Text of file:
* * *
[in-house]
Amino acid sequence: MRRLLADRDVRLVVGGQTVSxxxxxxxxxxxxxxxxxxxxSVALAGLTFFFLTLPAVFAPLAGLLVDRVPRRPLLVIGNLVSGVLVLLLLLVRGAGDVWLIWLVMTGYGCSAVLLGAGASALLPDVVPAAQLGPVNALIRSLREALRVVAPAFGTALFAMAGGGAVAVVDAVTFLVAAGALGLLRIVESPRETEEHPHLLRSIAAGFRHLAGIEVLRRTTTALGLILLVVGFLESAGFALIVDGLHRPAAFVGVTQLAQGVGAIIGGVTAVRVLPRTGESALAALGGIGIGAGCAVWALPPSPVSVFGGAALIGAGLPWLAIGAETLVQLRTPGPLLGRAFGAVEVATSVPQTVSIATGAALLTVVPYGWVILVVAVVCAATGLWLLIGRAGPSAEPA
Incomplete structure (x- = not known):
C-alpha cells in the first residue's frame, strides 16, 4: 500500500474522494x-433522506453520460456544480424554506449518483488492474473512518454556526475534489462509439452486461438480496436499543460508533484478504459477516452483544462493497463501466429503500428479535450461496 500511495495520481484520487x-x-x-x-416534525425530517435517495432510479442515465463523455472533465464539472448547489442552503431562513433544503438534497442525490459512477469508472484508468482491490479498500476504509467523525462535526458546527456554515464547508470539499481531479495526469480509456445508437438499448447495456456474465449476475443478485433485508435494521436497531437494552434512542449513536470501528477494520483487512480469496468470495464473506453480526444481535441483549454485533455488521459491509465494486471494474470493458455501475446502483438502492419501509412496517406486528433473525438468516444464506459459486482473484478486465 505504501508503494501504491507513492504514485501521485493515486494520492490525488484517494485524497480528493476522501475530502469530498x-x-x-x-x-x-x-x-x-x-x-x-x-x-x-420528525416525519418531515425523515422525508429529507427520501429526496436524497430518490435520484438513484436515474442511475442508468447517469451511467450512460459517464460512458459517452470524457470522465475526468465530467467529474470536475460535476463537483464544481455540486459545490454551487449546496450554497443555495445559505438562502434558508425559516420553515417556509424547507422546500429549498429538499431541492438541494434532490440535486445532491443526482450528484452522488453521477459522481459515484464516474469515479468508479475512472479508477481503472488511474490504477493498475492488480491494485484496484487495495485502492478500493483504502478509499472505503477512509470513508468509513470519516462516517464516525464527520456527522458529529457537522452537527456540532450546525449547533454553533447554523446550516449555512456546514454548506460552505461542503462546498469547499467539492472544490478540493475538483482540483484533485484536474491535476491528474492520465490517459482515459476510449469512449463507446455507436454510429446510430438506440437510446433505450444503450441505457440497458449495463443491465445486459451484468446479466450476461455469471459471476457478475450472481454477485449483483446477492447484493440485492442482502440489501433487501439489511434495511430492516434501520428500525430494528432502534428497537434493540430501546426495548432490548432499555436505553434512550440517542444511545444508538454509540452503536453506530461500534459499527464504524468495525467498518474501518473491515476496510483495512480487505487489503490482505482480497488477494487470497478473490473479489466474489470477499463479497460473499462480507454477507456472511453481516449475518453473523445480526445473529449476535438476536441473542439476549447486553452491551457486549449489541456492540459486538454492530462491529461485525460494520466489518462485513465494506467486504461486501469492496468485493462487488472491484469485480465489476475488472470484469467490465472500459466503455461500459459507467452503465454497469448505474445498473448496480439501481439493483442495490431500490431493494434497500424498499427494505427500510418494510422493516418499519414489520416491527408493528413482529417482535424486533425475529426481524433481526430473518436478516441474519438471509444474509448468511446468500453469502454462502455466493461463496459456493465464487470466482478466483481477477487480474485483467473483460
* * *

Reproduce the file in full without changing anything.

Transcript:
[in-house]
Amino acid sequence: MRRLLADRDVRLVVGGQTVSxxxxxxxxxxxxxxxxxxxxSVALAGLTFFFLTLPAVFAPLAGLLVDRVPRRPLLVIGNLVSGVLVLLLLLVRGAGDVWLIWLVMTGYGCSAVLLGAGASALLPDVVPAAQLGPVNALIRSLREALRVVAPAFGTALFAMAGGGAVAVVDAVTFLVAAGALGLLRIVESPRETEEHPHLLRSIAAGFRHLAGIEVLRRTTTALGLILLVVGFLESAGFALIVDGLHRPAAFVGVTQLAQGVGAIIGGVTAVRVLPRTGESALAALGGIGIGAGCAVWALPPSPVSVFGGAALIGAGLPWLAIGAETLVQLRTPGPLLGRAFGAVEVATSVPQTVSIATGAALLTVVPYGWVILVVAVVCAATGLWLLIGRAGPSAEPA
Incomplete structure (x- = not known):
C-alpha cells in the first residue's frame, strides 16, 4: 500500500474522494x-433522506453520460456544480424554506449518483488492474473512518454556526475534489462509439452486461438480496436499543460508533484478504459477516452483544462493497463501466429503500428479535450461496 500511495495520481484520487x-x-x-x-416534525425530517435517495432510479442515465463523455472533465464539472448547489442552503431562513433544503438534497442525490459512477469508472484508468482491490479498500476504509467523525462535526458546527456554515464547508470539499481531479495526469480509456445508437438499448447495456456474465449476475443478485433485508435494521436497531437494552434512542449513536470501528477494520483487512480469496468470495464473506453480526444481535441483549454485533455488521459491509465494486471494474470493458455501475446502483438502492419501509412496517406486528433473525438468516444464506459459486482473484478486465 505504501508503494501504491507513492504514485501521485493515486494520492490525488484517494485524497480528493476522501475530502469530498x-x-x-x-x-x-x-x-x-x-x-x-x-x-x-420528525416525519418531515425523515422525508429529507427520501429526496436524497430518490435520484438513484436515474442511475442508468447517469451511467450512460459517464460512458459517452470524457470522465475526468465530467467529474470536475460535476463537483464544481455540486459545490454551487449546496450554497443555495445559505438562502434558508425559516420553515417556509424547507422546500429549498429538499431541492438541494434532490440535486445532491443526482450528484452522488453521477459522481459515484464516474469515479468508479475512472479508477481503472488511474490504477493498475492488480491494485484496484487495495485502492478500493483504502478509499472505503477512509470513508468509513470519516462516517464516525464527520456527522458529529457537522452537527456540532450546525449547533454553533447554523446550516449555512456546514454548506460552505461542503462546498469547499467539492472544490478540493475538483482540483484533485484536474491535476491528474492520465490517459482515459476510449469512449463507446455507436454510429446510430438506440437510446433505450444503450441505457440497458449495463443491465445486459451484468446479466450476461455469471459471476457478475450472481454477485449483483446477492447484493440485492442482502440489501433487501439489511434495511430492516434501520428500525430494528432502534428497537434493540430501546426495548432490548432499555436505553434512550440517542444511545444508538454509540452503536453506530461500534459499527464504524468495525467498518474501518473491515476496510483495512480487505487489503490482505482480497488477494487470497478473490473479489466474489470477499463479497460473499462480507454477507456472511453481516449475518453473523445480526445473529449476535438476536441473542439476549447486553452491551457486549449489541456492540459486538454492530462491529461485525460494520466489518462485513465494506467486504461486501469492496468485493462487488472491484469485480465489476475488472470484469467490465472500459466503455461500459459507467452503465454497469448505474445498473448496480439501481439493483442495490431500490431493494434497500424498499427494505427500510418494510422493516418499519414489520416491527408493528413482529417482535424486533425475529426481524433481526430473518436478516441474519438471509444474509448468511446468500453469502454462502455466493461463496459456493465464487470466482478466483481477477487480474485483467473483460